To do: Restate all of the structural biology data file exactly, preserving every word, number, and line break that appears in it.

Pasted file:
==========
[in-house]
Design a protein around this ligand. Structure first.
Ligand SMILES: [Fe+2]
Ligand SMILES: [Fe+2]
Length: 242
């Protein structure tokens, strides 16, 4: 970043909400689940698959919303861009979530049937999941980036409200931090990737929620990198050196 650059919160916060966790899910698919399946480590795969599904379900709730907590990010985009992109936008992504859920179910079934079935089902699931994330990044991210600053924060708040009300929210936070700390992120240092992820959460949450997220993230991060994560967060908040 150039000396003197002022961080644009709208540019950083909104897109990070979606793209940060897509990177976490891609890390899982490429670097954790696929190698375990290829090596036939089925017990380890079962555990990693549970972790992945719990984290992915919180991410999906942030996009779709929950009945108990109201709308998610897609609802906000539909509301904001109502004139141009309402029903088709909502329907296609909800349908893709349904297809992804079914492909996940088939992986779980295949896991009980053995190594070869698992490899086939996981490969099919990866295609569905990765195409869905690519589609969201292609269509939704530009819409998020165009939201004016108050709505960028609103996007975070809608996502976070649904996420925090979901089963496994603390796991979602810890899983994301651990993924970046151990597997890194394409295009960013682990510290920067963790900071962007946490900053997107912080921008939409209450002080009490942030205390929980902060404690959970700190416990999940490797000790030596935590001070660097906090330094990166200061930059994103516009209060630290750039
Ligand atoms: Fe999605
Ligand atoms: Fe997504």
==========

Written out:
[in-house]
Design a protein around this ligand. Structure first.
Ligand SMILES: [Fe+2]
Ligand SMILES: [Fe+2]
Length: 242
């Protein structure tokens, strides 16, 4: 970043909400689940698959919303861009979530049937999941980036409200931090990737929620990198050196 650059919160916060966790899910698919399946480590795969599904379900709730907590990010985009992109936008992504859920179910079934079935089902699931994330990044991210600053924060708040009300929210936070700390992120240092992820959460949450997220993230991060994560967060908040 150039000396003197002022961080644009709208540019950083909104897109990070979606793209940060897509990177976490891609890390899982490429670097954790696929190698375990290829090596036939089925017990380890079962555990990693549970972790992945719990984290992915919180991410999906942030996009779709929950009945108990109201709308998610897609609802906000539909509301904001109502004139141009309402029903088709909502329907296609909800349908893709349904297809992804079914492909996940088939992986779980295949896991009980053995190594070869698992490899086939996981490969099919990866295609569905990765195409869905690519589609969201292609269509939704530009819409998020165009939201004016108050709505960028609103996007975070809608996502976070649904996420925090979901089963496994603390796991979602810890899983994301651990993924970046151990597997890194394409295009960013682990510290920067963790900071962007946490900053997107912080921008939409209450002080009490942030205390929980902060404690959970700190416990999940490797000790030596935590001070660097906090330094990166200061930059994103516009209060630290750039
Ligand atoms: Fe999605
Ligand atoms: Fe997504």